Wednesday, October 2, 2013
The Life Cycle of A Refrigerator
I received a small booklet on "The Life Cycle of A Refrigerator" created by Panasonic from the eco craft workshop I attended. Most of us own or use refrigerators at home or workplace and this booklet explains how we can do our part to conserve natural resources if we know how refrigerators are made and if we know how to choose when it comes to buying refrigerators. Here is what Miss. Refrigerator says:
"Hi! Welcome to my world! I am a refrigerator and let me tell you about my life. First, I am made of materials such as iron and plastics. These materials are natural resources obtained from Mother Earth. In the process, energy is used and the environment is also polluted. The materials are then transported to the factory.
Do You Know?
Metals are extracted as metal ores from mother earth through mining. he mining process not only damages the land, it also produces toxic waste called tailing which cause air and water pollution. The metal ores extracted cannot be used directly. They need to go through a process called smelting to separate the metal from other materials in the metal ores. This process uses a lot of energy and emits a lot of toxic dust and air pollutants, which will damage the plants and soils in the surrounding area. Taking natural resources from mother earth requires large amounts of energy and generates lots of waste that damages the environment. It is therefore important to protect the environment by conserving natural resources. The materials used to make the various parts of my body are put together in a factory. Electricity is used to power the machines during this stage and waste is also generated. These can cause damage to the environment. After assembly, I am then delivered with other refrigerators to shops where you can buy and take me home. The trucks that make the deliveries run on fuel and this adds to greenhouse emissions. I have the energy label on me so that you will know how energy-efficient I am by looking at the label! I achieved 4 ticks, which is the highest rating of energy efficiency.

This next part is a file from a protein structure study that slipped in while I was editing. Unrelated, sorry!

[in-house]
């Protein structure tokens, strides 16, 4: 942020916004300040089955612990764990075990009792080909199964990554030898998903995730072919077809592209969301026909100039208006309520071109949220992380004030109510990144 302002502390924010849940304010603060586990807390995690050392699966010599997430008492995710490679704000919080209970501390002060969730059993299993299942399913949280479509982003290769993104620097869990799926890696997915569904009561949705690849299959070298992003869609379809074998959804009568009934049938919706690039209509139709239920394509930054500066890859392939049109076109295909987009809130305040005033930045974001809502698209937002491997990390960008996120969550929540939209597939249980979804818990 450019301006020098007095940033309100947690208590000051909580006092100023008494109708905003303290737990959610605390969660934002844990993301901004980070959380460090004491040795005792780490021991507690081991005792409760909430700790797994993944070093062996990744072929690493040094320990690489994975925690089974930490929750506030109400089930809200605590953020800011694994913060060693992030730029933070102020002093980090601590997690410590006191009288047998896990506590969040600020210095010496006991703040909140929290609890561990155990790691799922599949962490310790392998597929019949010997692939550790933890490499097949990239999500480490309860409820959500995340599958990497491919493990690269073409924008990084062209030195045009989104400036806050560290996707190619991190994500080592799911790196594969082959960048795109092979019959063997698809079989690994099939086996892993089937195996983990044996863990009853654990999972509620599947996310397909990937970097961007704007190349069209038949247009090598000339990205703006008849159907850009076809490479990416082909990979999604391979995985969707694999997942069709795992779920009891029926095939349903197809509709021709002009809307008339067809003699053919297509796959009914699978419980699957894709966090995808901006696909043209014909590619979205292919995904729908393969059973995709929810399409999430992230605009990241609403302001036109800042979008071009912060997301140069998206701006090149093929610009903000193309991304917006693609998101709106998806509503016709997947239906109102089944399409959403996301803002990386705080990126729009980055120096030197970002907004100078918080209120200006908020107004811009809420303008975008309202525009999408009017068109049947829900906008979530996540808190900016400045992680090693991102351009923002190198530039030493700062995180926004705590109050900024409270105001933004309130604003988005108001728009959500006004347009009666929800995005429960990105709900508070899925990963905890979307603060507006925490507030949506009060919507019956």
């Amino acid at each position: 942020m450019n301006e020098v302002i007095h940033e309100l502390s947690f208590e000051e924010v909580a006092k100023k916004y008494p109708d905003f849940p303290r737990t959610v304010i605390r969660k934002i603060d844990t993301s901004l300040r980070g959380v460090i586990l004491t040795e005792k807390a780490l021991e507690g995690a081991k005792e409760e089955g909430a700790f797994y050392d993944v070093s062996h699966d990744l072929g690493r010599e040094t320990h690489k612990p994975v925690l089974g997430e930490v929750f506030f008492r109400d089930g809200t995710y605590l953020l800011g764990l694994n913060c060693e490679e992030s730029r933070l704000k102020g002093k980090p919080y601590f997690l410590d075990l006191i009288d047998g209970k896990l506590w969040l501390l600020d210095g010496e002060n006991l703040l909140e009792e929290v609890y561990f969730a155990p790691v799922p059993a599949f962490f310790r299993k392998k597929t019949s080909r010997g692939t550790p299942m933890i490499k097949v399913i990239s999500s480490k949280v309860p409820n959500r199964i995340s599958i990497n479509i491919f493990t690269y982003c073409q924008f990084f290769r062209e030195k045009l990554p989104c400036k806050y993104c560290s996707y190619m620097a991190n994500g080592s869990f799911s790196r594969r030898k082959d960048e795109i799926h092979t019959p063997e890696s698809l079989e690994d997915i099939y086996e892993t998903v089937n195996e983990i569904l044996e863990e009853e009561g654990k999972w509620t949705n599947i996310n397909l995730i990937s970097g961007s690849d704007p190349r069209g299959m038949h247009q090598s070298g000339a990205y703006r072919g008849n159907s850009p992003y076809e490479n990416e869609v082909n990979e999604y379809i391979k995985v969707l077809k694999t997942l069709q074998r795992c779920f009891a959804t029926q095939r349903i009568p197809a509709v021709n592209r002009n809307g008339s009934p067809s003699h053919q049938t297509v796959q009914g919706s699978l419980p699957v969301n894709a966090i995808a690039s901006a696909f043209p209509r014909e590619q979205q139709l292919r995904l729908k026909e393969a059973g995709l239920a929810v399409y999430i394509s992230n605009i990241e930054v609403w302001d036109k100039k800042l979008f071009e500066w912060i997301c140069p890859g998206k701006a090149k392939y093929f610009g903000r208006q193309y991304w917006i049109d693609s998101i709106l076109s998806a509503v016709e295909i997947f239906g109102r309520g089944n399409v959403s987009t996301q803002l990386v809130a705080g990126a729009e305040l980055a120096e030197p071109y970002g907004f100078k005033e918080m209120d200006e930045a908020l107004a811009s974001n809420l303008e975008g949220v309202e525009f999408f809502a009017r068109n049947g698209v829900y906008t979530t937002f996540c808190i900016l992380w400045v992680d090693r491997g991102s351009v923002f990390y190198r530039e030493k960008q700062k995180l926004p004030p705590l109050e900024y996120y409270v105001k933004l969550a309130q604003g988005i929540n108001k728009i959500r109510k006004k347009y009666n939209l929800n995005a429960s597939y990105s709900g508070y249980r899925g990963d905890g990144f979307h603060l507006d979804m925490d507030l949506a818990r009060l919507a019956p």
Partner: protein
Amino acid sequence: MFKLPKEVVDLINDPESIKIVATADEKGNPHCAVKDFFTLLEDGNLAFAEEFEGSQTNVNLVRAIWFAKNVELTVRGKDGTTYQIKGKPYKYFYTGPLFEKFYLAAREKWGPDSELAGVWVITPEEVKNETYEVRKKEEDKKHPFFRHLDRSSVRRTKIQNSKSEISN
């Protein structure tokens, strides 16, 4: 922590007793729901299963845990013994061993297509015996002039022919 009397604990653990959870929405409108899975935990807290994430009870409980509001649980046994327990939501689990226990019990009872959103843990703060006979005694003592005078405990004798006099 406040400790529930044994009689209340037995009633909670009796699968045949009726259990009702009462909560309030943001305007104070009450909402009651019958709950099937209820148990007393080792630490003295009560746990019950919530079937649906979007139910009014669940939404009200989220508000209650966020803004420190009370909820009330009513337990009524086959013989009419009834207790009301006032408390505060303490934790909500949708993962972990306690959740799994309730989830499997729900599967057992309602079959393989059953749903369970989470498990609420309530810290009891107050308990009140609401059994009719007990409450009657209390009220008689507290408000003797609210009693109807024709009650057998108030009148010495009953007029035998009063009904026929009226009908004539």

I run electricity 24 hours a day to keep your food fresh. Electricity generation creates large amounts of greenhouse gases, which makes our climate warmer. So by using me, an energy-efficient refrigerator, you can help to reduce electricity consumption, which in turn reduces global warming. You can also save more electricity by using me properly such as not overloading and opening me unnecessarily.
Here are some tips that can help you to reduce the electricity required to power your refrigerator, saving the environment and money in the process!
- Avoid frequent opening and closing of the door
- Allow hot food to cool before placing in the refrigerator
- Do not overload
- Place away from direct sunlight
- Adjust thermostat to suitable settings
- When purchasing a new refrigerator, choose an energy efficient model by checking the energy label on the refrigerator. The more energy the ticks the label has, the more energy efficient the model is.
When I am getting too old to function well as a refrigerator, please dispose of me properly. If you send me for recycling, I will be broken down and sorted into parts and materials such as iron and plastics at the recycling plant. These materials can be recycled to become materials for new refrigerators. This helps to reduce the damage to the environment as less new resources need to be taken from nature.
So, as you can see, we refrigerators have a life cycle, just like you. At each stage (Make - Deliver - Use - Dispose), we have impacts on the environment through the use of energy and resources from the earth, generation of wastes and so on. You can HELP to reduce the impact! Just do your part by encouraging your family to buy a refrigerator with higher energy efficiency (more ticks), using them properly and sending them for recycling at the end of their life cycle."
Hope you learned something new on how to conserve energy and save on electricity bills!